Are you familiar with the background of bitwise operations? (I don't mean the bitwise operators, I am referring to the actual concept of using bits rather than a number as a whole)



#10 newb

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Posted 11 October 2006 - 07:25 PM

nope

#11 roopurt18

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Posted 11 October 2006 - 09:30 PM

We'll start from the beginning.

Computers are run by electrical current; the current is either there or it isn't.  At the most fundamental levels, computers are only checking for the presence or lack of electrical current.

This leads to the binary digit, or bit.  It is called a binary digit because it can only contain two possible values, 0 or 1.  We call it a bit for short because we're lazy.

Now, humans like to group things, it makes our lives easier.  So we arbitrarily decided that 8 bits is called a byte, and 4 bytes is a word.  (On some platforms a word could be more than 4 bytes, but that's irrelevant).

PHP is different than most programming languages in that it isn't strongly typed, meaning that PHP converts relatively freely from an integer to a string to a floating point number.  Other languages, like C, are very strongly typed.  An integer can only interact with other data types that are a type of a number.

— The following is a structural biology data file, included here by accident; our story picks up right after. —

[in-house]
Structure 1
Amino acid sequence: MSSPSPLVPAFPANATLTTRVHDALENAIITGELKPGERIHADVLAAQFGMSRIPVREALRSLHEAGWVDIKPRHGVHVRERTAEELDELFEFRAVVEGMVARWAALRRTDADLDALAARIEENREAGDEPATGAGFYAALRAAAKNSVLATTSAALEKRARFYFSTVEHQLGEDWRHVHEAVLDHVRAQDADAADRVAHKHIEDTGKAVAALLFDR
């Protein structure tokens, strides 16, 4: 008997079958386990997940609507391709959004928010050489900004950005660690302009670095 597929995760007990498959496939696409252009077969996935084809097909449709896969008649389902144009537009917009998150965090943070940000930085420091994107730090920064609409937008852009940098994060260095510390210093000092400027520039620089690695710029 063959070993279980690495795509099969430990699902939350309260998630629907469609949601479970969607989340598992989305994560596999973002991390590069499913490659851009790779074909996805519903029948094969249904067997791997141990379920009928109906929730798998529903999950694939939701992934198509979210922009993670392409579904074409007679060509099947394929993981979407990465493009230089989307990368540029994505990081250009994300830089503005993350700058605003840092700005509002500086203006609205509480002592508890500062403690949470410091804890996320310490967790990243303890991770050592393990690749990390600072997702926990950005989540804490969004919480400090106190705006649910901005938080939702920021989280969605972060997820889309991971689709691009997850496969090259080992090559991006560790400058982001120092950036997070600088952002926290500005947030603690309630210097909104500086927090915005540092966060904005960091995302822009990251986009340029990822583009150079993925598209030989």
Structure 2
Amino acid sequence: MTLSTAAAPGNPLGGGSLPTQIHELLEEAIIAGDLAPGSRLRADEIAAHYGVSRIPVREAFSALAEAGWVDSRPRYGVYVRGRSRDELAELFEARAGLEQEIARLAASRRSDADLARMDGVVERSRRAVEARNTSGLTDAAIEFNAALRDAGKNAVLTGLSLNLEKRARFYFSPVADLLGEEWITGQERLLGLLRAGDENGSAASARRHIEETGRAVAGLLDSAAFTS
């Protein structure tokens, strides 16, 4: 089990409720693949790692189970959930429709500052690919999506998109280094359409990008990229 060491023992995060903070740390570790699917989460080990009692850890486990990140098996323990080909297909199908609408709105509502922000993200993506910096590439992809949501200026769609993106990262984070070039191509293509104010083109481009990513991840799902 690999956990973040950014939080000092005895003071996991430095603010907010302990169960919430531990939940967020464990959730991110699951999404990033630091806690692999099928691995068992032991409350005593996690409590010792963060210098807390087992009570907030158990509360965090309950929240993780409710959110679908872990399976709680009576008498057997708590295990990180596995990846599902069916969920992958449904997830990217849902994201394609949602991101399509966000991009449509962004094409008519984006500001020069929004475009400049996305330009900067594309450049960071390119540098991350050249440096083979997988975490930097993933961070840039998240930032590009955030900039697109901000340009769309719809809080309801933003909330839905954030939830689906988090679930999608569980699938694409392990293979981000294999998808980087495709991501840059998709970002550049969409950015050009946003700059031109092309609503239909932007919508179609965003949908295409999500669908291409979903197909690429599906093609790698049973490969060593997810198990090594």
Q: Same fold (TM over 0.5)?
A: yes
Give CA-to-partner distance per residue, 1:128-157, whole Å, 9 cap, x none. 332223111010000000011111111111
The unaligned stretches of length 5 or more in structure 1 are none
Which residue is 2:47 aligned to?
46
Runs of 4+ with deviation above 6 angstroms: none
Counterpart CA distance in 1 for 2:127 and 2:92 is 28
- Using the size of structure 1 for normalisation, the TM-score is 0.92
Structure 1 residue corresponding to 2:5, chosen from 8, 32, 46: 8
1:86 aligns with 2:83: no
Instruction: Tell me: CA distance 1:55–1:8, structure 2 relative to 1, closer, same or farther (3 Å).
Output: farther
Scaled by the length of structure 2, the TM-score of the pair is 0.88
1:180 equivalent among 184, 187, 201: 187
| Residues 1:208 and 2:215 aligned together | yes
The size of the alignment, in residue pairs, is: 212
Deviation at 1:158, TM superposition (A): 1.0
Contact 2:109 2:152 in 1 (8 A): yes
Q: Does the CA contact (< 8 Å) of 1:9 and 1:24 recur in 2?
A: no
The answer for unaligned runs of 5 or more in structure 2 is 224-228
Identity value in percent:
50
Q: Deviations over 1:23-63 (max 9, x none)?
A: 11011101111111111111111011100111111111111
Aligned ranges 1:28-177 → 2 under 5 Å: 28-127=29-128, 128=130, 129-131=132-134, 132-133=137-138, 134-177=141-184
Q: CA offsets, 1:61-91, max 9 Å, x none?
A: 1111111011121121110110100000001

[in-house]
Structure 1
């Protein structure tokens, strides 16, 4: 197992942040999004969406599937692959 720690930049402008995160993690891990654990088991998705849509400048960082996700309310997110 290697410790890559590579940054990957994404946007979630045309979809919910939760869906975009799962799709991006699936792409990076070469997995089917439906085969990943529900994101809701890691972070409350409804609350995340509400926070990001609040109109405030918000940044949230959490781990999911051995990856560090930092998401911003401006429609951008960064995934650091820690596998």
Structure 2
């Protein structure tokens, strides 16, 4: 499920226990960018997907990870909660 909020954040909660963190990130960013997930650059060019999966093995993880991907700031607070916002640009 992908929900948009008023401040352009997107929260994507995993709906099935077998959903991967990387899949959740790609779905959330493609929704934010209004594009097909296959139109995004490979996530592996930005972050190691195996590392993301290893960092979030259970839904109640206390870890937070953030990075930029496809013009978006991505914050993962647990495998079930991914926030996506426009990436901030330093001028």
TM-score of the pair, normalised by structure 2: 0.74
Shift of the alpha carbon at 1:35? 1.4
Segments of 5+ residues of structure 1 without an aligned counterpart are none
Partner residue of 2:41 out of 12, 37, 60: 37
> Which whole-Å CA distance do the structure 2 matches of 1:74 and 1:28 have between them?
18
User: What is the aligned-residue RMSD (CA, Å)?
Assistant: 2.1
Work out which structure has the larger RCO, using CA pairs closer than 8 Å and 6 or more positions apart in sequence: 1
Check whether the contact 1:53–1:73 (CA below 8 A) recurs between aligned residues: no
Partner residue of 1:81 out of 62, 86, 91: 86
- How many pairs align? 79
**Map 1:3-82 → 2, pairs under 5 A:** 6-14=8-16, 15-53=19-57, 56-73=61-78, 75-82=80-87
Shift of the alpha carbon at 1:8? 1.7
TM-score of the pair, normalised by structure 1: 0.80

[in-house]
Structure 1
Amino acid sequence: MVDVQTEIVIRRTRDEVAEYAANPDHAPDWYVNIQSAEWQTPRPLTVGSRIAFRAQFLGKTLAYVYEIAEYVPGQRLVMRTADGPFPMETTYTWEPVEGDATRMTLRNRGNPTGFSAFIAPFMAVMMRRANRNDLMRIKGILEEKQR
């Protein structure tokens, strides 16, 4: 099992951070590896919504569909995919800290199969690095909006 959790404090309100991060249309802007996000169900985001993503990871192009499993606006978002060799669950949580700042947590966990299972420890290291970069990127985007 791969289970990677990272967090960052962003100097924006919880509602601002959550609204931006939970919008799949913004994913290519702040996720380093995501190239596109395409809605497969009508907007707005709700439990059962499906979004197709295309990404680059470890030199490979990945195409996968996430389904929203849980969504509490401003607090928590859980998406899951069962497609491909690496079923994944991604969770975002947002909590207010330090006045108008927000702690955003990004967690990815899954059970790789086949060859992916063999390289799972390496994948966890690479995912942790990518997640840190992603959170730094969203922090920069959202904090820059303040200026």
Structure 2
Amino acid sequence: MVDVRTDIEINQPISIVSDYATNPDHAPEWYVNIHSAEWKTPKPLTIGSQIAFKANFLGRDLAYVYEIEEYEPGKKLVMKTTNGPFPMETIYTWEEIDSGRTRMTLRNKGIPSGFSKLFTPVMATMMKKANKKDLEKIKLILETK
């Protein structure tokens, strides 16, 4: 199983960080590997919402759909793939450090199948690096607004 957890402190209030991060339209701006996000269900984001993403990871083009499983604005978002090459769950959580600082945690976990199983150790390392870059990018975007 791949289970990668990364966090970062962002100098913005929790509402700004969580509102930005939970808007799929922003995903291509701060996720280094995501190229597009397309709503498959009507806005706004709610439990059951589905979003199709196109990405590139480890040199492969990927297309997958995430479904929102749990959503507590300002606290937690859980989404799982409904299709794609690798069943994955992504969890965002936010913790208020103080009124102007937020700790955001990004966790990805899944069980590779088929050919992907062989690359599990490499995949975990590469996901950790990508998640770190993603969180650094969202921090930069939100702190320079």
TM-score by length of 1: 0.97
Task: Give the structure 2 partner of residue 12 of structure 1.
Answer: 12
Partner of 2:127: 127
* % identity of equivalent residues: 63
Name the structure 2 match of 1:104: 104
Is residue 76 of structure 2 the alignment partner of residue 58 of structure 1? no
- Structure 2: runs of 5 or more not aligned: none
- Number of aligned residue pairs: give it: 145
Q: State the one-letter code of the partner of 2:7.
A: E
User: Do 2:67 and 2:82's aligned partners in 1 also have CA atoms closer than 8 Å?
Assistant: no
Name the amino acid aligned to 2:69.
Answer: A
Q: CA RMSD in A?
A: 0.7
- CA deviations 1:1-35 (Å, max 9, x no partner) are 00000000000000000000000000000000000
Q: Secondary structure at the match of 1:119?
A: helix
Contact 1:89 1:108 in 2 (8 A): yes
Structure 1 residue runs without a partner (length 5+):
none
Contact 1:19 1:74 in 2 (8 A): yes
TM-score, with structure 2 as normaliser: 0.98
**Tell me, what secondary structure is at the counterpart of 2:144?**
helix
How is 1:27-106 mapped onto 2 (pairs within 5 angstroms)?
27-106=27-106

Let's say that you're programming in C and that you happen to know that an integer in C is 1 word, which is the same as 4 bytes, which is the same as 32 bits.

This means that you can think of any integer in C has being a string of length 32 where every place in the string is a 0 or a 1.

For example:
0000 0000 0000 0000 0000 0000 0000 0000
0110 0010 0101 1111 0101 1000 0000 0001

Let's throw a little bit of math in here for fun.  Ignoring negative numbers, how many different numbers can we represent with such a string?

Starting small...

Bit string of length 1
0
1
We can store two values in a string of length 1, notice that this is the same as 2^1

Bit string of length 2
00
01
10
11
We can store four values in a string of length 2, notice that this is the same as 2^2

If we keep going, we find that we can store 2^n possible values in a bit string of length n.  A bit string of length 32 can store 2^32 possible integers, which is why you can store some really large numbers in an integer variable!  (Note to the more advanced reader: Yes, I'm ignoring sign bits.  Don't get hung up on the details.)